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Whey protein augments leucinemia and postexercise p70s6k1 activity compared with a hydrolyzed collagen blend when in recovery from training with low carbohydrate availability. / Impey, Samuel ; Hammond, Kelly; Naughton, Robert; Langan-Evans, Carl; Shepherd, Sam; Sharples, Adam; Smith, Kenneth ; Jeromson, Stewart; Hamilton, David Lee; Close, Graeme; Morton, James.

In: International Journal of Sport Nutrition and Exercise Metabolism, Vol. 28, No. 6, 01.11.2018, p. 651-659.

Research output: Contribution to journalArticle

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T1 - Whey protein augments leucinemia and postexercise p70s6k1 activity compared with a hydrolyzed collagen blend when in recovery from training with low carbohydrate availability

AU - Impey, Samuel

AU - Hammond, Kelly

AU - Naughton, Robert

AU - Langan-Evans, Carl

AU - Shepherd, Sam

AU - Sharples, Adam

AU - Smith, Kenneth

AU - Jeromson, Stewart

AU - Hamilton, David Lee

AU - Close, Graeme

AU - Morton, James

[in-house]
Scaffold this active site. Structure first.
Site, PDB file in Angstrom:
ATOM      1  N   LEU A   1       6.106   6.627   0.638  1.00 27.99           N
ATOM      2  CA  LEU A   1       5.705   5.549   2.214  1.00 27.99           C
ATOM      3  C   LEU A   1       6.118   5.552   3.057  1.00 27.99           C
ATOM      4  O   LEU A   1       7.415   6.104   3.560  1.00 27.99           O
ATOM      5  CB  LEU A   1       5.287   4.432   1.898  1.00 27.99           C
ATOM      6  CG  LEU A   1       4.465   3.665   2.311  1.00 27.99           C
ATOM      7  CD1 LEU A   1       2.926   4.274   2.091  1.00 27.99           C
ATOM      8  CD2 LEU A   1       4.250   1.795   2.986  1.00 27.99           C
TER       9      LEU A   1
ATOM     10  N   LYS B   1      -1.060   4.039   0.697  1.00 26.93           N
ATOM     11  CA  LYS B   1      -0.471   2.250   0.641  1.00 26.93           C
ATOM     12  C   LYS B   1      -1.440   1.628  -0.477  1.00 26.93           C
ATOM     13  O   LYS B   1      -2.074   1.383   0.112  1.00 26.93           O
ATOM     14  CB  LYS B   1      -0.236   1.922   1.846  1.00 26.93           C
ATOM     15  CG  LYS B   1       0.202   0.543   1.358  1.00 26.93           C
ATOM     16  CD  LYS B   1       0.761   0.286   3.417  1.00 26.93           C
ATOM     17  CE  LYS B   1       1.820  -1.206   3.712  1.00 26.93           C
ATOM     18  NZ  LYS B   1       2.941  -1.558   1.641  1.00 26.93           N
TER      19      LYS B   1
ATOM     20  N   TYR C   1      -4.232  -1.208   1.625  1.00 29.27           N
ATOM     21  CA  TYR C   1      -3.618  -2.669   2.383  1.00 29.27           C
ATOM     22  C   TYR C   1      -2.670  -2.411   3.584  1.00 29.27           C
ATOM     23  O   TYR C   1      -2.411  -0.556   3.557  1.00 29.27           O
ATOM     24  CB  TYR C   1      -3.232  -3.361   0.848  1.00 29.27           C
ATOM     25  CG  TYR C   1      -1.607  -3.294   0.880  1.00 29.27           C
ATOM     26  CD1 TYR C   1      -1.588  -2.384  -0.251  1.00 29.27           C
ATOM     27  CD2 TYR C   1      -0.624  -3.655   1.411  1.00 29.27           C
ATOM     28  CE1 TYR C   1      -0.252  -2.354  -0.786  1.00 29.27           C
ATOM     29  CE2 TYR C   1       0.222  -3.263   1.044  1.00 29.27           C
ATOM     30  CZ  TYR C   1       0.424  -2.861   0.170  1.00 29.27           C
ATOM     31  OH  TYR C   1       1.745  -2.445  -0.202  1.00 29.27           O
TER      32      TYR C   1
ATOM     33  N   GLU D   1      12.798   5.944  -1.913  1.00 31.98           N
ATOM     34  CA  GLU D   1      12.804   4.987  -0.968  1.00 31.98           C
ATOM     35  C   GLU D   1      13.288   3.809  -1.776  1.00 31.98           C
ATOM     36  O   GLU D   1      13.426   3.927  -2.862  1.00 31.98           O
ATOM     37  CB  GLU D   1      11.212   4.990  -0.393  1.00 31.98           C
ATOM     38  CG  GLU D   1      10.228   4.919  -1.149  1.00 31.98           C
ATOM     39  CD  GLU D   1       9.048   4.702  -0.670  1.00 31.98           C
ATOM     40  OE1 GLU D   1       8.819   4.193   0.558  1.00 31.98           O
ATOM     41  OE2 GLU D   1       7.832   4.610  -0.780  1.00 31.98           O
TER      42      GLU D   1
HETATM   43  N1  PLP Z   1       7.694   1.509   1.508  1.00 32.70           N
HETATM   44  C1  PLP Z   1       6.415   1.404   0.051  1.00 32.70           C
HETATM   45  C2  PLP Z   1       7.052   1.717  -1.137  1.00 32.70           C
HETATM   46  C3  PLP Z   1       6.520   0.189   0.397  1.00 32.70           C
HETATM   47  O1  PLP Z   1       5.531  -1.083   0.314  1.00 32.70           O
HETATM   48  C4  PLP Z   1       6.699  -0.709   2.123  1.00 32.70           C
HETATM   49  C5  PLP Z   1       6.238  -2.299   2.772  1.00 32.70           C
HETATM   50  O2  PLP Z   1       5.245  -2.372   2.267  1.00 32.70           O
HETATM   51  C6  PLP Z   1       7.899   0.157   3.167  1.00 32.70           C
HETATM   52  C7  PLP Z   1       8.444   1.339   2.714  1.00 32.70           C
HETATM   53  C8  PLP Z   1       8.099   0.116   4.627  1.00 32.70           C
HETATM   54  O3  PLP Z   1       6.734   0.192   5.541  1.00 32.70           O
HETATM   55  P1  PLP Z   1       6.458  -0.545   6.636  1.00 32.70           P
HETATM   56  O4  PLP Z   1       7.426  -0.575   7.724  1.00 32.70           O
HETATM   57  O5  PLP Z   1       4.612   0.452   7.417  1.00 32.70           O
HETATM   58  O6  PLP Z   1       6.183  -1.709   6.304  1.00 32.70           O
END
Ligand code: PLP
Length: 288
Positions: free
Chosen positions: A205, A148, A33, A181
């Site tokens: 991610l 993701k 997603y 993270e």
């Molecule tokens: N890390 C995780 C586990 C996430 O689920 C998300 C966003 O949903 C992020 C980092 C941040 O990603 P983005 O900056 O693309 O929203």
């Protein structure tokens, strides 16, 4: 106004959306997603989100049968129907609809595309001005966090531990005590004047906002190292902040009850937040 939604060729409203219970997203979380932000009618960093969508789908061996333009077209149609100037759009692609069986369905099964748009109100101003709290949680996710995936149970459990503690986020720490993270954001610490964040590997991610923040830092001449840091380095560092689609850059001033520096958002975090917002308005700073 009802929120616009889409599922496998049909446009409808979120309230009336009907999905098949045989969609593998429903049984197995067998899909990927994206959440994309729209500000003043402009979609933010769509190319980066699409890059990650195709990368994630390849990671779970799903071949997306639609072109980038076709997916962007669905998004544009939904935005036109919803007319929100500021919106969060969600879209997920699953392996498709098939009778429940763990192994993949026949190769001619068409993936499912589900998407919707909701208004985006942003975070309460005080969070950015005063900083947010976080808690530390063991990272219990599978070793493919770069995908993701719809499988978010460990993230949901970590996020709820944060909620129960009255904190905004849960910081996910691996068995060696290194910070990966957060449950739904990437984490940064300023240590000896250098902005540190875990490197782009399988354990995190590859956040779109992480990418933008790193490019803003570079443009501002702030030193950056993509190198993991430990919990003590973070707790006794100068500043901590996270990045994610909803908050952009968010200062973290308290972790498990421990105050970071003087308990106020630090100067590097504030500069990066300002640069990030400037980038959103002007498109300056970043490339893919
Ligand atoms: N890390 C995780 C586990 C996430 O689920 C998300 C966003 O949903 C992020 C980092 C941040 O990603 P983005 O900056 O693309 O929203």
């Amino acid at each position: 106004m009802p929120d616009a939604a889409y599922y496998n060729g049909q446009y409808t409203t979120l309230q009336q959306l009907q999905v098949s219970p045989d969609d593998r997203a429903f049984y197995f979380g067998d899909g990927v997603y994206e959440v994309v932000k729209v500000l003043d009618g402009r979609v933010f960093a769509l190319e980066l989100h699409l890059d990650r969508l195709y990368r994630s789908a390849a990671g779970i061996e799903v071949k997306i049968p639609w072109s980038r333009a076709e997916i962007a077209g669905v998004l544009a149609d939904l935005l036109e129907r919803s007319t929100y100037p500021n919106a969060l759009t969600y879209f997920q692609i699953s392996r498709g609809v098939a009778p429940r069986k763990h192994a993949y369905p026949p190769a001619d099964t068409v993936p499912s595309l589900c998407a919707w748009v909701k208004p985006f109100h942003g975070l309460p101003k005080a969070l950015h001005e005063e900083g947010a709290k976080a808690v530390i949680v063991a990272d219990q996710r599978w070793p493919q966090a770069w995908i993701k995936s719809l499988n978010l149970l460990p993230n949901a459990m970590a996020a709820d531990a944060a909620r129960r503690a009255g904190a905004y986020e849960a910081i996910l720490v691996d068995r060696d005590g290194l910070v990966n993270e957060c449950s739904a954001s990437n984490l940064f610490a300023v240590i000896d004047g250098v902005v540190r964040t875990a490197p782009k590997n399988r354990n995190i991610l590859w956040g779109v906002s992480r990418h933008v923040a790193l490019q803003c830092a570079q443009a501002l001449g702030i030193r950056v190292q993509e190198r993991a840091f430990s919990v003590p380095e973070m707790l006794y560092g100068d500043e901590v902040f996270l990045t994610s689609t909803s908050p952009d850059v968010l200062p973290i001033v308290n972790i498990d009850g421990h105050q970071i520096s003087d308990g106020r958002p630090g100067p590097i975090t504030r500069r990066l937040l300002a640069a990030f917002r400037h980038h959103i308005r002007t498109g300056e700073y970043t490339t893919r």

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AB - We examined the effects of whey versus collagen protein on skeletal muscle cell signalling responses associated with mitochondrial biogenesis and protein synthesis in recovery from an acute training session completed with low carbohydrate (CHO) availability. In a repeated measures design (after adhering to a 36-h exercise-dietary intervention to standardise pre-exercise muscle glycogen), eight males completed a 75-min non-exhaustive cycling protocol and consumed 22 g of a hydrolysed collagen blend (COLLAGEN) or whey (WHEY) protein 45 min prior to exercise, 22 g during exercise and 22 g immediately post-exercise. Exercise decreased (P<0.05) muscle glycogen content by comparable levels from pre-to post-exercise in both trials (≈ 300 to 150 mmol.kg-1 dw). WHEY protein induced greater increases in plasma BCAAs (P=0.03) and leucine (P=0.02) than COLLAGEN. Exercise induced (P<0.05) similar increases in PGC-1α (5-fold) mRNA at 1.5 h post-exercise between conditions though no affect of exercise (P>0.05) was observed for p53, Parkin and Beclin1 mRNA. Exercise suppressed (P<0.05) p70S6K1 activity in both conditions immediately post-exercise (≈ 25 fmol.min-1.mg-1). Post-exercise feeding increased p70S6K1 activity at 1.5 h post-exercise (P<0.05), the magnitude of which was greater (P <0.05) in WHEY (180 ± 105 fmol.min-1.mg-1) versus COLLAGEN (73 ± 42 fmol.min-1.mg-1). We conclude that protein composition does not modulate markers of mitochondrial biogenesis when in recovery from a training session deliberately completed with low CHO availability. In contrast, whey protein augments post-exercise p70S6K activity compared with hydrolysed collagen, as likely mediated via increased leucine availability.